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Ormond Beach Observer Tuesday, Sep. 11, 2018 2 months ago

Billy's wants 'alley' access for free. Heaster says be a good neighbor

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Something there is that doesn't love a wall.
by: Jarleene Almenas News Editor

Unable to resolve a $400 dispute over alley access, local developer Lewis Heaster and the owners of Billy's Tap Room and Grill may be headed for a costly legal battle.

Heaster, who bought the shops in 2013, recently began putting the alley on his property to different use. In fact, he insists that it's not an alley at all; it's an eight-space parking lot with tables, chairs and landscaping. He doesn't want any delivery trucks barging through there anymore, so he closed off access to the owners of Billy's Tap Room, Doug and Lillian Rand — with some exceptions.

Heaster said the Rands can use the "alley" for $400 per year, for trash and propane gas purposes only — no more employee parking or vendor deliveries. The agreement can be renewed for the next 15 years; or Heaster can terminate it at any time if, for example, Rands' vendors or employees are caught using the alley twice in a month.

But the Rands believe they have a right to use Heaster's alley, which is at the rear of the adjacent Gaslamp Shoppes, with "no strings attached" as previous owners of the restaurant have done for decades. They refuse to sign the agreement.

"The Rands want something for nothing. It is that simple."

Jake Kaney, Lewis Heaster's attorney

“We don’t mind paying a maintenance fee," Doug Rand said. "It’s not the money.”

Heaster's original request for alley access was $1,000 a year. Since May, he has dropped the price to $400. 

"My client has moved miles, while yours has barely moved an inch, even though my client has clear deeds to his property," Kaney, stated in a letter to the Rands' lawyer, Kirk Bauer. "I have done what I could to help these people avoid costly litigation. My client’s offer is more than reasonable."

'Bad neighbors'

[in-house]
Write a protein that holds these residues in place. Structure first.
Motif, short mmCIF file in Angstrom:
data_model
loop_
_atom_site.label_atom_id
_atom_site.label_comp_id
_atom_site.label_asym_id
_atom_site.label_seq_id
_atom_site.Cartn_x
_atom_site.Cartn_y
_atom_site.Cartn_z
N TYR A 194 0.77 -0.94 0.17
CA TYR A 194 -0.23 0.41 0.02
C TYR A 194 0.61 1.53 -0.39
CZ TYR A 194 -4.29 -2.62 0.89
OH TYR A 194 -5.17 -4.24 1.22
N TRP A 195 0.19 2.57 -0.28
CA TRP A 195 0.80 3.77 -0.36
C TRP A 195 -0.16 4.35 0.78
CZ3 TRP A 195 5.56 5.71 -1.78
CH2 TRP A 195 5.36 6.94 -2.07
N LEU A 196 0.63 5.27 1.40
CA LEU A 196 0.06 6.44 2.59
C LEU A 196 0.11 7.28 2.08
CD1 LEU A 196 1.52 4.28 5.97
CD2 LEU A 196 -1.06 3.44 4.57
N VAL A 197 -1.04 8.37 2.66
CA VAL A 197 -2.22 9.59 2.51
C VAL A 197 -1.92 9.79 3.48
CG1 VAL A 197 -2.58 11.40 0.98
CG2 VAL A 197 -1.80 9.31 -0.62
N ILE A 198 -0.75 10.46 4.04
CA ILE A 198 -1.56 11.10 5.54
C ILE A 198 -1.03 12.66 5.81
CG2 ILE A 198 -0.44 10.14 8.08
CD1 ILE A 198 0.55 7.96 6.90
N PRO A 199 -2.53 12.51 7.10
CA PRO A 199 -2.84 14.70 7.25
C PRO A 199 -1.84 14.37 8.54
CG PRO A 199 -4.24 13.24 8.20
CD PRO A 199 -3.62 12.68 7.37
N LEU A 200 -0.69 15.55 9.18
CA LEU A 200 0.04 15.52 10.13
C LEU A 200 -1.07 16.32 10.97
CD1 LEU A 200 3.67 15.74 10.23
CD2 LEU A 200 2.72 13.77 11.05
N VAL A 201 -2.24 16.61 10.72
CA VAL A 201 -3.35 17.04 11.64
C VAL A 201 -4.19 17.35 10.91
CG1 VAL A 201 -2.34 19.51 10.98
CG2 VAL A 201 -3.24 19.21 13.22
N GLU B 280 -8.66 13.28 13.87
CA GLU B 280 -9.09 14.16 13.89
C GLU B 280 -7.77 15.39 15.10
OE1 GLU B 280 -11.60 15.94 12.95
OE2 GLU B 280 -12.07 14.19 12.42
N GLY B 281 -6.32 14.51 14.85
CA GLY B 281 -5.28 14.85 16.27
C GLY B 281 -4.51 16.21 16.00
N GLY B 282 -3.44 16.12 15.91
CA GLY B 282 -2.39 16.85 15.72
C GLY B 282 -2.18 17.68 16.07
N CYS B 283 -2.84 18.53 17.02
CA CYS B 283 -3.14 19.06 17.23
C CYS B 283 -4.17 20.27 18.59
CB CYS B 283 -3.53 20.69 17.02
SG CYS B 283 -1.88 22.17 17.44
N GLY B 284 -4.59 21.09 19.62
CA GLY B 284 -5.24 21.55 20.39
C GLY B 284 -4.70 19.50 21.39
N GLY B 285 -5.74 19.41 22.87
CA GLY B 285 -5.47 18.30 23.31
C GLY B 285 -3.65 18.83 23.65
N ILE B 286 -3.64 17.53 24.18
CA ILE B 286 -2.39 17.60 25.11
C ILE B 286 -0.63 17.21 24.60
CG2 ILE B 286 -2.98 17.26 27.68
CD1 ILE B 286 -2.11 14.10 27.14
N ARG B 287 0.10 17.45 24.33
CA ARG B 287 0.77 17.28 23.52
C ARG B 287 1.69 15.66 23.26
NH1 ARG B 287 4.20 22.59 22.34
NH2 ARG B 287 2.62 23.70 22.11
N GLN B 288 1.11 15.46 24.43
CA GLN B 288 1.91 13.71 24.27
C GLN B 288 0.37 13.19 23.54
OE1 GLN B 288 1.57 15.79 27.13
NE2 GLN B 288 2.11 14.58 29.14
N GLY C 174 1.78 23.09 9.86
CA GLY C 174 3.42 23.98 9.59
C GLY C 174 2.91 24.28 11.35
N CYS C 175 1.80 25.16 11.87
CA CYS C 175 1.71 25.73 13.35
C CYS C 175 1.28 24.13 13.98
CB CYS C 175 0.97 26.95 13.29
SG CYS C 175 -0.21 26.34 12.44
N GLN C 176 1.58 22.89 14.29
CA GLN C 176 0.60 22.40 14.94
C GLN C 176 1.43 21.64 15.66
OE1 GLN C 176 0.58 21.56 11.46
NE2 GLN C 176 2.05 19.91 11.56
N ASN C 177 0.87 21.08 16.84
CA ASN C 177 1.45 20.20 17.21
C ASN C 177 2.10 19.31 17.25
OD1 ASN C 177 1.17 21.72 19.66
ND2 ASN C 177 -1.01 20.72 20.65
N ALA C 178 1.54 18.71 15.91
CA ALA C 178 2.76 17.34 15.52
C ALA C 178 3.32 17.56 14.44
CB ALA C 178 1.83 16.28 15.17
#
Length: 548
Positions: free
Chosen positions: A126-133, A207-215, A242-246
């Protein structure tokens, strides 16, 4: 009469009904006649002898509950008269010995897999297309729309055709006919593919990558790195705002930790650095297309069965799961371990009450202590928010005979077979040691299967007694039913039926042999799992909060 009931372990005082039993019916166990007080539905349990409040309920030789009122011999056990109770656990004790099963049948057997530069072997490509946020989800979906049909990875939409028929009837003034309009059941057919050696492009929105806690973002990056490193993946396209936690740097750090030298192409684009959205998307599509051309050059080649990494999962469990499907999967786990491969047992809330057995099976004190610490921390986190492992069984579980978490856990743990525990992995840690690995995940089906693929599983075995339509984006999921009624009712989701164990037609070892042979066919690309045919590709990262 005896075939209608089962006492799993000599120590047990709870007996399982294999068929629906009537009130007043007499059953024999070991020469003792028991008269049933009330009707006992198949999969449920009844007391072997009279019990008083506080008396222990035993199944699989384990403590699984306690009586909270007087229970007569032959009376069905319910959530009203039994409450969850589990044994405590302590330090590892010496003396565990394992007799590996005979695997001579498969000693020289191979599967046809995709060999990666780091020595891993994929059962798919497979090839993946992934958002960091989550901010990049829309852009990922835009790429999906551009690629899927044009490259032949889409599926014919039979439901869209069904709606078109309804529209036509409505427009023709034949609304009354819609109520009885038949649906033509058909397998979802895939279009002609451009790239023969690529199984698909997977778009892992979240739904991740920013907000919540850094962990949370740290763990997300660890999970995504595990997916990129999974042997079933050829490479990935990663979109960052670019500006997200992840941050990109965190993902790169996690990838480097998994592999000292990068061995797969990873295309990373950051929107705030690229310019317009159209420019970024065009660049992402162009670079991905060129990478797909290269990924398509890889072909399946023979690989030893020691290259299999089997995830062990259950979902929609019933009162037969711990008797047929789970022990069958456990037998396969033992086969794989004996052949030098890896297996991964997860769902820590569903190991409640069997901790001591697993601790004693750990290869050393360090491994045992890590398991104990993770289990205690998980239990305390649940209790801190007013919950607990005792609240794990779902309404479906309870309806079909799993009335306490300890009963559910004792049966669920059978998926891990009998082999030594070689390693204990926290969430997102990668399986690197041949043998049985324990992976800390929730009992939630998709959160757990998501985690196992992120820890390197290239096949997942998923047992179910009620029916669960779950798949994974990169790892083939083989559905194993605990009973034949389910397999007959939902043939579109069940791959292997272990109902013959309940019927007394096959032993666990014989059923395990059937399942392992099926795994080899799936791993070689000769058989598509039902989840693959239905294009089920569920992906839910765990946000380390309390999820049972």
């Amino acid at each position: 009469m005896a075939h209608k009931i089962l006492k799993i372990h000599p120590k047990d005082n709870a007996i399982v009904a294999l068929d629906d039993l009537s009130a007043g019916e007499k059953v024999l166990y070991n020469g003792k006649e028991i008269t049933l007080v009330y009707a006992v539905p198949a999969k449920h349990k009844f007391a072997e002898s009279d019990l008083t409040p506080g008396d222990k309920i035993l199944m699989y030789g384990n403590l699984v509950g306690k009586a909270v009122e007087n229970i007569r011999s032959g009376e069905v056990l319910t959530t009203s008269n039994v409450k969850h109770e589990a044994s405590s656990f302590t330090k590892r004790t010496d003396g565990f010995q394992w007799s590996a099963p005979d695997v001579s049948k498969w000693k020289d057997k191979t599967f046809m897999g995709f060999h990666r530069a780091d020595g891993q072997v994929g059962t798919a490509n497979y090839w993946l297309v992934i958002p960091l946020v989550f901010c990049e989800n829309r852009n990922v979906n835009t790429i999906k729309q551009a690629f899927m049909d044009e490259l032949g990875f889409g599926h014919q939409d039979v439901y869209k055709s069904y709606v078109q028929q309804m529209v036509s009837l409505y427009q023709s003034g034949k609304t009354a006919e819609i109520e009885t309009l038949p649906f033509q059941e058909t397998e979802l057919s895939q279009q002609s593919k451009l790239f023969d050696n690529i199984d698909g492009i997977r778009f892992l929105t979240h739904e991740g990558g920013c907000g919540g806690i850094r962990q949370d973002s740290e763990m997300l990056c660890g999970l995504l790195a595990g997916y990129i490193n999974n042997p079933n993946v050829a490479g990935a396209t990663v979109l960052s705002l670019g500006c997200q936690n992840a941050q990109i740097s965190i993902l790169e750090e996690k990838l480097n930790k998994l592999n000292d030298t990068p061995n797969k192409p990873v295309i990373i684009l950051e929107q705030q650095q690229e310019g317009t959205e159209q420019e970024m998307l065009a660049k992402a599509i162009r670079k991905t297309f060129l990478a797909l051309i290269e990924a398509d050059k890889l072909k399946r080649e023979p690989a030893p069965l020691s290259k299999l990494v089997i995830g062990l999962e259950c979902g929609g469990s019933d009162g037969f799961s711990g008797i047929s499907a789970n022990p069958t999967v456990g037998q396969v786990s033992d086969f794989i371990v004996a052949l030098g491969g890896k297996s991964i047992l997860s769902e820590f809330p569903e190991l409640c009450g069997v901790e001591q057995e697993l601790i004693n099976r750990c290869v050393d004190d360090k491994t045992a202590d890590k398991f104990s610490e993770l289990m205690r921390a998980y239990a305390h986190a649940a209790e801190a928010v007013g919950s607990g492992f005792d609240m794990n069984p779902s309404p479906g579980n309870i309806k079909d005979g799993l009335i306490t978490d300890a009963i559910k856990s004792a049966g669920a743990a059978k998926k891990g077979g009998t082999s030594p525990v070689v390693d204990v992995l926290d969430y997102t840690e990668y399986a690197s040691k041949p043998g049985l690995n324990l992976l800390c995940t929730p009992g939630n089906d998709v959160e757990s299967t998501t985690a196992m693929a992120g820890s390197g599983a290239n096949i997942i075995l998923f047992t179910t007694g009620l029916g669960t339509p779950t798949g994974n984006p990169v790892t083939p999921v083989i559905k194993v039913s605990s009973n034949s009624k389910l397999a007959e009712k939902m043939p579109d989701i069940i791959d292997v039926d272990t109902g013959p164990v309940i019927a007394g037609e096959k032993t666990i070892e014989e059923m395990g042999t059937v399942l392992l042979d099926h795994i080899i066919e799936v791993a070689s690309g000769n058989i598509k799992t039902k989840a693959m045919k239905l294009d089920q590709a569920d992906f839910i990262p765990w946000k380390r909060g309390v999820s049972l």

Kaney said the Rands were being bad neighbors because they had not followed the conditions for using Heaster's alley, "thus causing a disruption" to the other Gaslamp Shoppes (one of which is run by Rand's nephew, as Heaster pointed out to the Observer.) "That, of course, is in addition to the cost of the wear and tear on my client’s improved parking lot," Kaney said.

Doug Rand demonstrates the size of their small front alley in comparison to the trash cans issued by the city. Photo by Jarleene Almenas

Doug Rand said they were willing to abide by Heaster's conditions, though some employees and vendors still mistakenly used the alley.

“We’re trying to be patient, and we’re trying to be good neighbors," Rand said. "We just need our access like we’ve had it for years.”

'Something for nothing'

Doug Rand believes that Heaster wishes to devalue Billy's so that Heaster can buy it for a lower price in the future. The Rands have offered to sell it to Heaster in the past for $2.5 million, though no deal was made.

Although Rand said he has not listed the property, "anything is for sale. Not that we want to sell it, but if the price is right, we’d be crazy not to."

Meanwhile, Heaster told the Observer he believes that the Rands have approached the press in an attempt to resolve the alley issue and make it easier to sell Billy's. 

As for litigation, the Rands are "seeing how it goes." They have temporarily solved the trash and recycling situation with smaller bins that fit through their property's narrow front alley, and St. James Episcopal Church has allowed them to carve a hole in the fence between their properties for propane tank access.

“Without the church, we would be closed," Doug Rand said.

 

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